LONDON (AP) Liberia's soccer chief launched a bid on Thursday to succeed Sepp Blatter, pledging to eradicate corruption and ensure fans trust FIFA again by being a unifying leader who stops power being concentrated at the top.
Liberia Football Association President Musa Bility is the second candidate after former Brazil star Zico to declare his interest in the FIFA presidency, the election for which is expected to be held between December and February.
Candidates must be nominated by at least five of the 209 FIFA member associations and pass integrity checks to get on the ballot. Bility said he already has a ''commitment from many countries'' to endorse him.
''Africa has the largest bloc in FIFA (with 54 members). If we don't put up a candidate, what does this say about us and our continent?'' Bility asked in a telephone interview with The Associated Press.
''But I don't want to come across as an Africa candidate. I am running as a candidate of the world. I am running as a candidate of football.''
The 48-year-old Bility recognizes that the big challenge for soccer leaders is to ''regain the confidence of football fans.''
Amid escalating criminal investigations into soccer corruption, Blatter announced on June 2 - four days after being re-elected to a fifth term as FIFA president - that he would step down.
''We have a confidence problem,'' Bility said from the Liberian capital Monrovia. ''We have a problem that is engrained in our culture (at FIFA), the way we have worked for the last 30 years ... FIFA has to change. It has to be responsible and transparent.
''Today, if you look at the ordinary people, they don't see an organization that resonates their vision."
Bility's vision of making the game more transparent is ensuring power is distributed throughout FIFA, vowing to be a ''president who would be about unity.''
''FIFA has to belong to its members. That's very important. It cannot continue to belong to a few people,'' Bility said.
''We must make sure most decisions, such as World Cups and major sponsorship, are taken by the members, and are in the overall interest of members. That will reduce corruption.''
Bility would be taking charge of an organization enduring the worst scandal in its 111-year history. Soccer officials, including two now-suspended FIFA vice presidents, have been indicted in the United States, and Switzerland is investigating the World Cup bidding process that saw Russia awarded the 2018 tournament and Qatar the 2022 hosting rights.
''We have to follow the outcome of those investigations,'' Bility said, declining to comment on the accusations specifically.
''It's important if you break the law, you are held responsible for your actions. All those linked to any crime will definitely be removed from office and face prosecution.''
Blatter is a target of the U.S. federal agencies who are working with Swiss authorities.
''I refuse to say that Sepp Blatter is the only problem or the cause of the problem,'' Bility said. ''That is an unfair characterization. However, as the leader it's only fair he takes responsibility. His decision to resign shows he has taken responsibility.''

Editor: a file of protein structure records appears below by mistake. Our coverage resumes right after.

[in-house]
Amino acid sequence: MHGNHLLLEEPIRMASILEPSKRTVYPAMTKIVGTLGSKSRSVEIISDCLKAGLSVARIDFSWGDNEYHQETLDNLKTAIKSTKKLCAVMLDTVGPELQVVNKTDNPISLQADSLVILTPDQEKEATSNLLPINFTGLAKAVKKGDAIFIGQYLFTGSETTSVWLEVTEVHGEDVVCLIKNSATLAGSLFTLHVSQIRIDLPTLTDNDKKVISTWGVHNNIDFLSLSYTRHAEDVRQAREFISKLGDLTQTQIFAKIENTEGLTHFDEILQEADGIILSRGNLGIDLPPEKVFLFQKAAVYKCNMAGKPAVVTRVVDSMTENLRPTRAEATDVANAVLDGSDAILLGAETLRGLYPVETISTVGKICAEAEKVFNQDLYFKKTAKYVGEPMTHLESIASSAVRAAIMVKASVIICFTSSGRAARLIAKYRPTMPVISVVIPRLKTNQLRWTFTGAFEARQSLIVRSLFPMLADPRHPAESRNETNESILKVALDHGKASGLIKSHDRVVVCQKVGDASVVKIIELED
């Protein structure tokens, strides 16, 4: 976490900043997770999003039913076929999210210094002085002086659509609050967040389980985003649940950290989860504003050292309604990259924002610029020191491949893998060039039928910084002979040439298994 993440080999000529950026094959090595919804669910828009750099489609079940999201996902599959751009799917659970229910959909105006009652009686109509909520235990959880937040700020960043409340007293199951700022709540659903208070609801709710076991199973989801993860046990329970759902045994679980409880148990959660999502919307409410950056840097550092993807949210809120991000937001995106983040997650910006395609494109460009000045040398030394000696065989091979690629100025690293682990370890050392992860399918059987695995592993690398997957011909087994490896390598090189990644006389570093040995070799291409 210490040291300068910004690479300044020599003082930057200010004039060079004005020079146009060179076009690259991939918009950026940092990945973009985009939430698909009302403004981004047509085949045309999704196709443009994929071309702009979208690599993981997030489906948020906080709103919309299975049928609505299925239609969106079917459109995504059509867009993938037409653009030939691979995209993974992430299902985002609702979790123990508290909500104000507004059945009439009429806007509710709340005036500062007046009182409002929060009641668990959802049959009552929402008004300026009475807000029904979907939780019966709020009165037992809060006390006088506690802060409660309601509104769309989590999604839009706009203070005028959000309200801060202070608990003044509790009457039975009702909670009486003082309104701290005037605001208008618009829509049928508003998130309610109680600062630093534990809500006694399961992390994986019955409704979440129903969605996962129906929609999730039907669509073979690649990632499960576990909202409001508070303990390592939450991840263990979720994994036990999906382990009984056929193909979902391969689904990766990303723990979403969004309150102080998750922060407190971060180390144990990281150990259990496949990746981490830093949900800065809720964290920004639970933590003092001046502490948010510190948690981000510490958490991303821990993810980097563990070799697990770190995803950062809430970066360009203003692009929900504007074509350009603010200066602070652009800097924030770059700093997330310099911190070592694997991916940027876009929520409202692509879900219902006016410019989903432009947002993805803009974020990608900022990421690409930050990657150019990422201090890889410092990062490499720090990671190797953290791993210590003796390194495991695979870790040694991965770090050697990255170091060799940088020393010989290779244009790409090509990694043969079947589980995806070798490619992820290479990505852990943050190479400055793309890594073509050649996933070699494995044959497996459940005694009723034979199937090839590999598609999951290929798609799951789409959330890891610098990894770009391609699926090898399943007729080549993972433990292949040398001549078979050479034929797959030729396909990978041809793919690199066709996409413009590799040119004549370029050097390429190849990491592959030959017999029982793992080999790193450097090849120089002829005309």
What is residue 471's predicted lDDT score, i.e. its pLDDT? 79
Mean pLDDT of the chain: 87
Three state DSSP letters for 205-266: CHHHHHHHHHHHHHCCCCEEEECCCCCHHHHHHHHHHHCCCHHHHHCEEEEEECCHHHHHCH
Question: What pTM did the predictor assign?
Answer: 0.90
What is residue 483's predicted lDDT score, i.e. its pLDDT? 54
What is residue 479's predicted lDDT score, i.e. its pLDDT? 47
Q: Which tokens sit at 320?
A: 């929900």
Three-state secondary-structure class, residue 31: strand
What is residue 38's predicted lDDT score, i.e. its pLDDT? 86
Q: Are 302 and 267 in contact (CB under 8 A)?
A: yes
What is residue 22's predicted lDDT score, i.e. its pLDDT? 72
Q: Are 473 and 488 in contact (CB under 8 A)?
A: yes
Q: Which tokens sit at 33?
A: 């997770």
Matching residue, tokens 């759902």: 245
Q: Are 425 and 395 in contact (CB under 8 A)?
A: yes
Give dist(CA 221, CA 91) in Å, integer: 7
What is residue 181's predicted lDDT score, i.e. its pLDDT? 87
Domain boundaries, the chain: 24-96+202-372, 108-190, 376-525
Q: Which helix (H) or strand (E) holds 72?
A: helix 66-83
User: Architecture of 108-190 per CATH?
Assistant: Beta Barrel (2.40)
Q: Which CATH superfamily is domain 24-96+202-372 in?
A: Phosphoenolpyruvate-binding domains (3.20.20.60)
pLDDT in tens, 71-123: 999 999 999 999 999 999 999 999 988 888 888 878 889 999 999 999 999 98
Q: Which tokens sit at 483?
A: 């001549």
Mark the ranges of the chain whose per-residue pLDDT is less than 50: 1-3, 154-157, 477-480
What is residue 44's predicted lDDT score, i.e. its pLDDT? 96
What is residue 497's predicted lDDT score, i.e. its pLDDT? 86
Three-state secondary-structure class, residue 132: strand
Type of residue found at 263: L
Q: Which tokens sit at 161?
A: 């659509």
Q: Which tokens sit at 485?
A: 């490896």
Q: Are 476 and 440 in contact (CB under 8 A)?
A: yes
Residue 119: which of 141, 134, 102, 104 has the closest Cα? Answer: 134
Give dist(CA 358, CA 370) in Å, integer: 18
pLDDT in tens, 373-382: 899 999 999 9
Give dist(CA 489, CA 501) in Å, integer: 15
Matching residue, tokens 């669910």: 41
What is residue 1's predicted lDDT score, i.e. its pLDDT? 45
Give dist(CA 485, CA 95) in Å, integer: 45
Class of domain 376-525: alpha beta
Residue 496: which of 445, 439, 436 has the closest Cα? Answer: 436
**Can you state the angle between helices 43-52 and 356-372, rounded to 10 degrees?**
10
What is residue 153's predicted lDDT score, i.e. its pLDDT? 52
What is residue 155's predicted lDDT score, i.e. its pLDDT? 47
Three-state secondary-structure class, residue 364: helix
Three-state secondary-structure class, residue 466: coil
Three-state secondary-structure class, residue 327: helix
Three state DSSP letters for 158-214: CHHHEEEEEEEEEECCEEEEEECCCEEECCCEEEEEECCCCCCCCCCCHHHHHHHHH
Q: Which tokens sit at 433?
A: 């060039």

In a bid to prevent an official running FIFA like Blatter has for 17 years, Bility endorses two-term limits for presidents. He also wants the World Cup rotation system adopted for the presidency, so a continent cannot hold onto the job for more than eight years in a row.
''If it goes to other continents the whole world feels the leadership of the organization belongs to the world,'' said Bility, who is a prominent businessman in Liberia as president of the Srimex oil and gas company.
Bility has run the Liberian FA since 2010, and was re-elected for a second four-year term in 2014.
He would be the first African candidate for FIFA's top job since Confederation of African Football President Issa Hayatou lost to Blatter in 2002.
Bility has previously been an outspoken critic of the 68-year-old Hayatou, the FIFA senior vice president who has been considered the continent's most obvious candidate to run for the presidency but is yet to announce his plans.
''I have a very excellent relationship with President Hayatou at the moment,'' Bility said. ''We speak a lot and discuss matters. The (CAF) organization has got better and better, and allowed people to express themselves.''
But previously, Bility and his national association took CAF to the Court of Arbitration for Sport over rule changes that allowed Hayatou to stand for re-election unopposed in 2013.
As a result, Bility was banned for six months by CAF, and the Liberian FA was fined. CAF said it was because they accessed confidential documents when taking their case to CAS.
Bility's ban was lifted later in 2013 after he served around four months of the punishment.
''The situation made me a better person,'' he said. ''It's made me deal with my colleagues, learn to consult more, use my opinion, and get what I want in a different way. It's got me closer to more and more people to get to the leadership.''
Liberia has never qualified for a World Cup and not played at an African Cup of Nations since 2002. The West African country's most famous player is George Weah, the world player of year in 1995.
AP Sports Writers Gerald Imray in Cape Town, South Africa and Graham Dunbar in Geneva contributed to this report.
Rob Harris can be followed at www.twitter.com/RobHarris